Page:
Sea Cemetery: The Height of Human Folly

DO YOU KNOW you can smell death? Yes, you can. It smells like blood. It smells like bones. It smells like Syria. In six years, it has claimed more than 400,000 lives and alas, we are still counting! The land has literally shrunk from abundant horror of burying human flesh.

For thousands, the waves of the Mediterranean have become the final resting place. These are the unfortunate citizens of this doomed country who try to scramble out and move to a land with no war. But the ferocious waters, devious boat captains and inadequate supplies toss them into the merciless sea. This group of desperate individuals is who we like to call the refugees. They abandon their mortared homes in search of a foreign land of promise. It is weird that as soon as their boats cross into the international waters, their identity changes to that of refugees. The journey that they undertake in hope of safety and prosperity often ends up being washed away by the waves. As the number of these tragic drownings increases, a very exceptional task is being carried out by an aid agency, SupportLife. They have created a “sea cemetery” in memory of all those who perished in the Mediterranean.

No doubt, it is a beautiful gesture but it reflects the height of human folly. The very moment when they felt the need to create a cemetery at the sea, was the moment when mankind faileditself. It failed at mercy, at kindness and at love. The life-loss has mounted to such an alarming figure that we have to turn to the sea for commemorating our fellow human beings. It is such an eerie sight, tombstones floating at sea and a few men and women with empty eyes standing at the shore gazing at the vastness that devoured their loved ones. Among all these tombstones, Alan Kurdi’s tombstone stands out the most as it reads:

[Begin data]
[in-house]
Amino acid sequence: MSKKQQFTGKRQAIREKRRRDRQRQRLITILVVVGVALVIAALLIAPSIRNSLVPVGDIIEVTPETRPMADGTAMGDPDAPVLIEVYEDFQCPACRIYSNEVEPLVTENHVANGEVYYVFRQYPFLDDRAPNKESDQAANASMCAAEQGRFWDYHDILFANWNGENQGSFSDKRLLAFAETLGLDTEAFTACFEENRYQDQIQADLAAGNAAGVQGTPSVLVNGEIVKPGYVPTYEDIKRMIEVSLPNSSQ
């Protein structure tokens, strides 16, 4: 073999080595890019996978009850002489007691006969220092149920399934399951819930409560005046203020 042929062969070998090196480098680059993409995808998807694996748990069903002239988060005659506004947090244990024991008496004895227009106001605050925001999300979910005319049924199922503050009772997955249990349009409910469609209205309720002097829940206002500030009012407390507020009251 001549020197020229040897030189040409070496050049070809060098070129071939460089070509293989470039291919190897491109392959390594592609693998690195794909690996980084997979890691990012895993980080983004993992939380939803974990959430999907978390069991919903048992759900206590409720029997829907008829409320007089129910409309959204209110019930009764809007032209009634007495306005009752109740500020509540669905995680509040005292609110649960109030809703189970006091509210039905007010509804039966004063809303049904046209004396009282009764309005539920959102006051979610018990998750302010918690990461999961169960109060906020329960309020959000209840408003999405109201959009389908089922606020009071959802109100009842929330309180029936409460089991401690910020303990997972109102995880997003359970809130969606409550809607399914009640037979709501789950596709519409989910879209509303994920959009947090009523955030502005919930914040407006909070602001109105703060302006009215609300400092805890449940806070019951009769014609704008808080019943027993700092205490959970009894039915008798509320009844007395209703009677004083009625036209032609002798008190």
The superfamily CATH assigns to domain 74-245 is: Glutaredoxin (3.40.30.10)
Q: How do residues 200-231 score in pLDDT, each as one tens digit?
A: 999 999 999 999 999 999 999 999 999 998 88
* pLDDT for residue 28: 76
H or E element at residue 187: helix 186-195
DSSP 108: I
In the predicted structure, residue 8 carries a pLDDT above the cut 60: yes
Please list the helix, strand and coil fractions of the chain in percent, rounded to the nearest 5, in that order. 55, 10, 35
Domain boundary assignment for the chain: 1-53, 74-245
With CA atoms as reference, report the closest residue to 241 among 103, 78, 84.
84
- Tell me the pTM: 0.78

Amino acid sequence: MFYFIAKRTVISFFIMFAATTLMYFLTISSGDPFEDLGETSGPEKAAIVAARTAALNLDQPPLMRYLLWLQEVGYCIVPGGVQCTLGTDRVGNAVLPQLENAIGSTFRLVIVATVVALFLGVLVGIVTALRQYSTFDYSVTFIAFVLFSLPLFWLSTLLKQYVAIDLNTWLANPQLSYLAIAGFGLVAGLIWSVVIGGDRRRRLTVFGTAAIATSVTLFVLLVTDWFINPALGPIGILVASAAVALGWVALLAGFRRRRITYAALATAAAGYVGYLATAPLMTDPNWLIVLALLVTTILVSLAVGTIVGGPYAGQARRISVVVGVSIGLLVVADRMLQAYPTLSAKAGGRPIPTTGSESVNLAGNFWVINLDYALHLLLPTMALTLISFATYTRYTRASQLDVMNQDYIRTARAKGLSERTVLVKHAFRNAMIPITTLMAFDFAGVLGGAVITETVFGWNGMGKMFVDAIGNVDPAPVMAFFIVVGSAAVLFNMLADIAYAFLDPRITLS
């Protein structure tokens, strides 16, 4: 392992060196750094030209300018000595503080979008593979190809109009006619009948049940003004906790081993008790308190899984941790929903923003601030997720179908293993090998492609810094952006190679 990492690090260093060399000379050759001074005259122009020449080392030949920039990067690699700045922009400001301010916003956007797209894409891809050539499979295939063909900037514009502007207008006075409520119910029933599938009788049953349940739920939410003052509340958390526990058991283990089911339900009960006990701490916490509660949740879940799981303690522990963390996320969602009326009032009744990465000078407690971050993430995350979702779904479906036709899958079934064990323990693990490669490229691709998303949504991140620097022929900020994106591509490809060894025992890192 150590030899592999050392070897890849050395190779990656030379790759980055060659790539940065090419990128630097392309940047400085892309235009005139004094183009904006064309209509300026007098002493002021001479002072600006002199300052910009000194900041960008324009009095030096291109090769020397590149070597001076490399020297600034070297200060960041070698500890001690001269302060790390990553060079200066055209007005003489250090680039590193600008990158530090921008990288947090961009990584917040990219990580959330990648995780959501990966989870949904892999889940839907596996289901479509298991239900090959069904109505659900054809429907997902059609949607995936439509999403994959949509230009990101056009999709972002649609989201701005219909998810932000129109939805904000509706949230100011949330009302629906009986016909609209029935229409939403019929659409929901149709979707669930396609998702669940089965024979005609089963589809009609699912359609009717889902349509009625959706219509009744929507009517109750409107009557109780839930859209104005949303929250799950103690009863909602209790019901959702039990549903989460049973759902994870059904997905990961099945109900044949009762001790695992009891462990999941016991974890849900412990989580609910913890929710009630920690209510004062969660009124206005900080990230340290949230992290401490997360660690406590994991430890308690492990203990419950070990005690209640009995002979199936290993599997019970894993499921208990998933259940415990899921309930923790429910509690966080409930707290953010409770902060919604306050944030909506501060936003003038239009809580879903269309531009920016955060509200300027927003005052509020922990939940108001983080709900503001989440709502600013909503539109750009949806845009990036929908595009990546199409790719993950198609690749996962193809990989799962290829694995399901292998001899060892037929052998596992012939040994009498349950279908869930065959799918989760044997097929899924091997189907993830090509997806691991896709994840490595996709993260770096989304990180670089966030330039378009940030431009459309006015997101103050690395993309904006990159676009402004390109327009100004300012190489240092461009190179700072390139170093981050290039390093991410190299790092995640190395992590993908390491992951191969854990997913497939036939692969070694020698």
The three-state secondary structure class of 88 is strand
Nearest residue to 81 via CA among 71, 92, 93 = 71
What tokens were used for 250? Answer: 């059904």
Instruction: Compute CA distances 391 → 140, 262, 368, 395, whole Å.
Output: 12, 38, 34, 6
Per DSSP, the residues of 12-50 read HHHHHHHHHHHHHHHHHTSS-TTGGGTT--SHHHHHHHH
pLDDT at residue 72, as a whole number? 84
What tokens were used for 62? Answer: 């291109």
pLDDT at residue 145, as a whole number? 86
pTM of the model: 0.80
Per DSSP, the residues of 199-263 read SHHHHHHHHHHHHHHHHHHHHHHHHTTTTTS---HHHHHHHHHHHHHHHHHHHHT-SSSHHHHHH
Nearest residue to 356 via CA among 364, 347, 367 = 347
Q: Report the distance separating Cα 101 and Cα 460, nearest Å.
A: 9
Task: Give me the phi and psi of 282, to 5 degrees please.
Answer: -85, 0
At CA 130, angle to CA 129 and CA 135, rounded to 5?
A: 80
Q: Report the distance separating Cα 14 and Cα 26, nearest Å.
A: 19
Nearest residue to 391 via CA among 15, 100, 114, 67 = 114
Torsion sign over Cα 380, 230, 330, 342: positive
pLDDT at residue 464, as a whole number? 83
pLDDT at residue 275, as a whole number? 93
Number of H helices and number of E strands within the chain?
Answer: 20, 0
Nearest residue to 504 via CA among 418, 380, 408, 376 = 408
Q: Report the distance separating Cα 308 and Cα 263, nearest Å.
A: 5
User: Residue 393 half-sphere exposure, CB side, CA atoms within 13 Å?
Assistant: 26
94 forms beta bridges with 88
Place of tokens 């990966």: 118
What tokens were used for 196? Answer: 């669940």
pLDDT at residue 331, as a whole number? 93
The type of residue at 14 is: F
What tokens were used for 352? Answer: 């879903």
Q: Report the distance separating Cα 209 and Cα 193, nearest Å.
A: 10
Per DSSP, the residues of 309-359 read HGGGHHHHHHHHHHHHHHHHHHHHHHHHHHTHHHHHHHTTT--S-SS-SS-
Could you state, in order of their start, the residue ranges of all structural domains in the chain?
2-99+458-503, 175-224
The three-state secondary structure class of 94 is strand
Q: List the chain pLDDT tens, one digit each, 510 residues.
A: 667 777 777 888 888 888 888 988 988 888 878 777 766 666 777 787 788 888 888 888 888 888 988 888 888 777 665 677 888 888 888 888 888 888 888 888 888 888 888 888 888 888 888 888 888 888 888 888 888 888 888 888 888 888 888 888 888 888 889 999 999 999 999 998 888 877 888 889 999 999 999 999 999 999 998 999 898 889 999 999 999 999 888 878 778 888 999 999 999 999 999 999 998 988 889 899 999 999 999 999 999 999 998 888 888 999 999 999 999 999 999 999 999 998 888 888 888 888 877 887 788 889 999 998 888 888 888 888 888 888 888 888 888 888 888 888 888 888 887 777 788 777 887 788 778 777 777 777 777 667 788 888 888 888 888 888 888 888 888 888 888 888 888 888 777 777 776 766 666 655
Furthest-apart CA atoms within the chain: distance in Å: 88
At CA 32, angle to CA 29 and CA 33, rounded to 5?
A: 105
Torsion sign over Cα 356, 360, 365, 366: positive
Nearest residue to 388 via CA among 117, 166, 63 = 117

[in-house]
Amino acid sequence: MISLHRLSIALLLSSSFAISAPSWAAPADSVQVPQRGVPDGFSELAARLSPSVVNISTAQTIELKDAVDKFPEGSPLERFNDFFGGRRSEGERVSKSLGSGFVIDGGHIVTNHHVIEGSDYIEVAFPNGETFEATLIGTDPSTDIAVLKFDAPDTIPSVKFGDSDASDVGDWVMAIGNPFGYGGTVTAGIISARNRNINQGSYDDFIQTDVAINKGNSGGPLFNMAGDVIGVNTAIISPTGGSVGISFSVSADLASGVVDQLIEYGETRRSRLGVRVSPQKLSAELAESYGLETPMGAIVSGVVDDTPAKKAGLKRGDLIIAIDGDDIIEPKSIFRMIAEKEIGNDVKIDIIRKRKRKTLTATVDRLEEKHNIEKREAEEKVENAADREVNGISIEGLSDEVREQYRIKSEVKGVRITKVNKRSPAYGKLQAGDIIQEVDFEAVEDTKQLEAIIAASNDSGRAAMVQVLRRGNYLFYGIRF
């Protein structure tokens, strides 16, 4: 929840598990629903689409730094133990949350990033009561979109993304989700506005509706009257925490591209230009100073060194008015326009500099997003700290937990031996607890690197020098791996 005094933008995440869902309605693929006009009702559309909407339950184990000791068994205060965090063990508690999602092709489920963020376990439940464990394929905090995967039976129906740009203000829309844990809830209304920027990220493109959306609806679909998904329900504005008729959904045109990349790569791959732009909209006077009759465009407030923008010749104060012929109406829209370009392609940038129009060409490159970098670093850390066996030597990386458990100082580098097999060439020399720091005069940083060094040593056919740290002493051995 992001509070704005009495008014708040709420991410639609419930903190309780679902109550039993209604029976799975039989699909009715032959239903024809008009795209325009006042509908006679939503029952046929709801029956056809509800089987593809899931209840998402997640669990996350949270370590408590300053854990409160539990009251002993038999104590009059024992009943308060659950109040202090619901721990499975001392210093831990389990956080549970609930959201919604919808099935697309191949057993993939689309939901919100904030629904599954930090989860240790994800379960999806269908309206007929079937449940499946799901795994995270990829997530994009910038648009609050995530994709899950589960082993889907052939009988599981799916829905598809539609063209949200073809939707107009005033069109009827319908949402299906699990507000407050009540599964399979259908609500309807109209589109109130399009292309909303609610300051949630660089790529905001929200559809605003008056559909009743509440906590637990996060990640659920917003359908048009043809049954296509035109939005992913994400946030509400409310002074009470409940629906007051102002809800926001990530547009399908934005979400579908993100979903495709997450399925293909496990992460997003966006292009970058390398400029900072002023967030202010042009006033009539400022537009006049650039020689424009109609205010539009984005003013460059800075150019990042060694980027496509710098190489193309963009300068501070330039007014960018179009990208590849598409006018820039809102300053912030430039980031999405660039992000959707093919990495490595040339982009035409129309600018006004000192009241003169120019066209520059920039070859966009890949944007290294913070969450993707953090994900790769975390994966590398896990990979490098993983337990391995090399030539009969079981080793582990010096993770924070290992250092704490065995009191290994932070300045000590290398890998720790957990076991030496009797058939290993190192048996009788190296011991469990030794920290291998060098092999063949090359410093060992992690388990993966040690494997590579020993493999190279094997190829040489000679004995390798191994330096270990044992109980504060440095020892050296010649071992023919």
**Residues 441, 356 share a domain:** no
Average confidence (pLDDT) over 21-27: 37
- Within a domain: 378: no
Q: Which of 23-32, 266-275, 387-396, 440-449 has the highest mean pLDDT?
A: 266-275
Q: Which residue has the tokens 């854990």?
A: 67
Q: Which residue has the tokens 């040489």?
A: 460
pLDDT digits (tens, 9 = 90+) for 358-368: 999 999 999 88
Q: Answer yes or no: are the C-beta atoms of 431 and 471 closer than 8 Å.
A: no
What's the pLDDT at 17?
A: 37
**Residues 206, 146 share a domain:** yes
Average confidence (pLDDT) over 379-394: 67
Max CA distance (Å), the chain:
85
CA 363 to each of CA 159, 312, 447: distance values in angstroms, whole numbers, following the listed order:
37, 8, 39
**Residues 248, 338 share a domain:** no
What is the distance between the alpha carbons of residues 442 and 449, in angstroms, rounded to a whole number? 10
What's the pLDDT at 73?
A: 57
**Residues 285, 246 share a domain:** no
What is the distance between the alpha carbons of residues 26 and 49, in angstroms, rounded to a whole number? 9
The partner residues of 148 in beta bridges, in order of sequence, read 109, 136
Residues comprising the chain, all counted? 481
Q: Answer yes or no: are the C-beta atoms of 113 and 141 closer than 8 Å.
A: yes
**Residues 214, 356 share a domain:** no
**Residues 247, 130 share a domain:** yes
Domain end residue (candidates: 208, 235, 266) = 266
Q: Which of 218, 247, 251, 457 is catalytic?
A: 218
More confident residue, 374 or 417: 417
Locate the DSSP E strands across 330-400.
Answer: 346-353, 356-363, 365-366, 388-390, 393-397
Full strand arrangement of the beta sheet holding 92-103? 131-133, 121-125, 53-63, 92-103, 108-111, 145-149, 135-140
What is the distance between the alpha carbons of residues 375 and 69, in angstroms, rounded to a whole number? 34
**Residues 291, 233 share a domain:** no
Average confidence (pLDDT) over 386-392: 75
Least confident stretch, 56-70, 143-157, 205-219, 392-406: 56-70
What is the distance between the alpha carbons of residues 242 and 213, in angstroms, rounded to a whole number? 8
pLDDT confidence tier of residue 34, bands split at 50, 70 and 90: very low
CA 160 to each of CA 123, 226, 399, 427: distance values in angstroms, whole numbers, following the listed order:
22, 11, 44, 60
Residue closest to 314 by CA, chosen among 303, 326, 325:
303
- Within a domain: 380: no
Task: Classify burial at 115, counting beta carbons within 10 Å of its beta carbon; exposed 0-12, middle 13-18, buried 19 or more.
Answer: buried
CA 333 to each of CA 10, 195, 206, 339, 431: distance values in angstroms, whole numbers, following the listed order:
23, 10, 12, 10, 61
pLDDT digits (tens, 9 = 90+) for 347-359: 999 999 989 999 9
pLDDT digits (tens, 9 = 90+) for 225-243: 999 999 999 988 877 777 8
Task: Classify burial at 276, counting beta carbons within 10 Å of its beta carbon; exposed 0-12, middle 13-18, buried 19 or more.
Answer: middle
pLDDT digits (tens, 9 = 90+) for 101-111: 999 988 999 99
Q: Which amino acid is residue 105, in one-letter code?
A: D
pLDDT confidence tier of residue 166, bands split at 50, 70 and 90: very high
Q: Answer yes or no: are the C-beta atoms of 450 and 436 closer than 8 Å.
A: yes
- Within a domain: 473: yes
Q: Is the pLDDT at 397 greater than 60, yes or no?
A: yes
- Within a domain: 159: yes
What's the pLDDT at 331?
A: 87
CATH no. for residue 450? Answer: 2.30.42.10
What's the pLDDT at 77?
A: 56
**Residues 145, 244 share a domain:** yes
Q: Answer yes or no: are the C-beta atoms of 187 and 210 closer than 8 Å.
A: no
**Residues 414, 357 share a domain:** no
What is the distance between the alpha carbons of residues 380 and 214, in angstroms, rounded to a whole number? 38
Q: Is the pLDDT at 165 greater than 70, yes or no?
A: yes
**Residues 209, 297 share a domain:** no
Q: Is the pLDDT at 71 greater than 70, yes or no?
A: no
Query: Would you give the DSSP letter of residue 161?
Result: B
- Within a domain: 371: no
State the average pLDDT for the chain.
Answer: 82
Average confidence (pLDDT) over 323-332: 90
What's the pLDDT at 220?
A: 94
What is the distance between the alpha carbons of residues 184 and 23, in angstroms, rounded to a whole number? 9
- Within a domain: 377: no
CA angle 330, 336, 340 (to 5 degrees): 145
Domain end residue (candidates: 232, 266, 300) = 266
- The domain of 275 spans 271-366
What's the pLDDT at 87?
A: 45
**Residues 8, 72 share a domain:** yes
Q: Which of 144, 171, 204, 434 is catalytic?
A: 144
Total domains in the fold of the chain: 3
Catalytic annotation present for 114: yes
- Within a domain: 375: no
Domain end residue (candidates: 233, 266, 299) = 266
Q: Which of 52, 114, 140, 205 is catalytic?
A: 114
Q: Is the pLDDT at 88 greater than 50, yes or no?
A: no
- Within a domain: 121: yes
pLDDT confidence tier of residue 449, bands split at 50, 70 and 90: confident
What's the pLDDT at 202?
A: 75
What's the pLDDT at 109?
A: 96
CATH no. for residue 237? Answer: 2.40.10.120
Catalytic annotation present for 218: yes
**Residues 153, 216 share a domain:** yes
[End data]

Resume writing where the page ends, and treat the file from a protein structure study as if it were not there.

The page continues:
It is heart wrenching to see a three-year-old boy’s tombstone float about in the open waters but maybe it is less horrifying than his earlier picture on the beach. There are others like him too; many others who had no comprehension of how unforgiving the icy depths of the sea can be. It is commendable how this cemetery has been created to provide closure to the mourners of these precious flowers who were gulped by the hungry sea in minutes.

We can sob at this grievous spectacle or we can contemplate the real issue at hand.

We have chalked out borders that have become bigger than our humanity. The links of brotherhood have been erased by barbed wires and guarded doors.

The truth is, we, the human beings of the 21st century who talk about crossing the barriers of outer space, are too stingy to open our gates for our unfortunate brothers. We dream about populating the uninhabited planets and we cannot even share this one in all fairness.

It will get worse, the violence and the desensitisation to the violence. We shall bar our doors and seal our borders and let thousands starve or drown outside until our fates are reversed. Only then shall we realise the horror of escaping in cramped boats and stand outside state lines starving and waiting for a fathom of mercy from those in control. We may even become one of these tombstones, only to be remembered in a few videos and articles.

The world community should join hands to handle the refugee crisis so that the Mediterranean Sea cemetery does not grow in size and that we never see another Alan Kurdi washed up on our shores.




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